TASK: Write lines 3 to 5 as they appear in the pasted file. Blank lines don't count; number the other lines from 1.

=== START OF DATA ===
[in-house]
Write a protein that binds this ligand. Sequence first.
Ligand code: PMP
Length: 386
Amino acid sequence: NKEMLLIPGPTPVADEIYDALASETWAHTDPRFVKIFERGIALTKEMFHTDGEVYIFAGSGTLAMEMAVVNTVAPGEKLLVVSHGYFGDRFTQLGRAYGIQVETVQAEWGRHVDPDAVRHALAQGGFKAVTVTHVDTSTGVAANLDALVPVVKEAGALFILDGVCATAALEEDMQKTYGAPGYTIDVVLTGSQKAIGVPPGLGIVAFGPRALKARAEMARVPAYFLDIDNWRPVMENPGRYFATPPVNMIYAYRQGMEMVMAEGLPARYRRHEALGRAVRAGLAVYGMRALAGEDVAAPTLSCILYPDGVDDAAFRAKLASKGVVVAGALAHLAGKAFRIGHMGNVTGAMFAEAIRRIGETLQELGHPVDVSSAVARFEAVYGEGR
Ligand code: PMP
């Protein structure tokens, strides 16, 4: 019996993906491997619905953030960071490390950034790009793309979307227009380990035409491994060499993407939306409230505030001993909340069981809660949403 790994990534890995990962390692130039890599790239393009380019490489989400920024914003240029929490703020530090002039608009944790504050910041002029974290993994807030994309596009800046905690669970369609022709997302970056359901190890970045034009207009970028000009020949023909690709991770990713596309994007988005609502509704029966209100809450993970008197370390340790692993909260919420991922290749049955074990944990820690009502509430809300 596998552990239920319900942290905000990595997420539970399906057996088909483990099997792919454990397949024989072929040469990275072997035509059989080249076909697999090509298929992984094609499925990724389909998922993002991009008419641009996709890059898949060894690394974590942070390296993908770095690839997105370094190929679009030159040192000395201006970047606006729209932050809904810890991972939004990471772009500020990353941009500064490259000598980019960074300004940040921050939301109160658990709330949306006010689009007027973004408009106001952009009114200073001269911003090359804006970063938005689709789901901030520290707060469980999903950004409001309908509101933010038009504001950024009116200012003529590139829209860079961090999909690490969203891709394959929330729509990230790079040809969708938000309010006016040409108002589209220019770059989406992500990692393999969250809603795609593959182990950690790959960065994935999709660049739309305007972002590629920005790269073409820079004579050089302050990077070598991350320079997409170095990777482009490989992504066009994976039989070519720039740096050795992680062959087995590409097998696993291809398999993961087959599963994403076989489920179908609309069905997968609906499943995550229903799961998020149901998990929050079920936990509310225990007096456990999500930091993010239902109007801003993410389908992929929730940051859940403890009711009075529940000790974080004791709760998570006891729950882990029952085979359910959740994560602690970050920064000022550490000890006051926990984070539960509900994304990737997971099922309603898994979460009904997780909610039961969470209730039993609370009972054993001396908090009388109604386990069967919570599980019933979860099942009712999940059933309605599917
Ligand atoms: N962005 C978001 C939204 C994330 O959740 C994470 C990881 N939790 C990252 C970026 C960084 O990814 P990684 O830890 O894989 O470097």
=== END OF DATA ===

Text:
Ligand code: PMP
Length: 386
Amino acid sequence: NKEMLLIPGPTPVADEIYDALASETWAHTDPRFVKIFERGIALTKEMFHTDGEVYIFAGSGTLAMEMAVVNTVAPGEKLLVVSHGYFGDRFTQLGRAYGIQVETVQAEWGRHVDPDAVRHALAQGGFKAVTVTHVDTSTGVAANLDALVPVVKEAGALFILDGVCATAALEEDMQKTYGAPGYTIDVVLTGSQKAIGVPPGLGIVAFGPRALKARAEMARVPAYFLDIDNWRPVMENPGRYFATPPVNMIYAYRQGMEMVMAEGLPARYRRHEALGRAVRAGLAVYGMRALAGEDVAAPTLSCILYPDGVDDAAFRAKLASKGVVVAGALAHLAGKAFRIGHMGNVTGAMFAEAIRRIGETLQELGHPVDVSSAVARFEAVYGEGR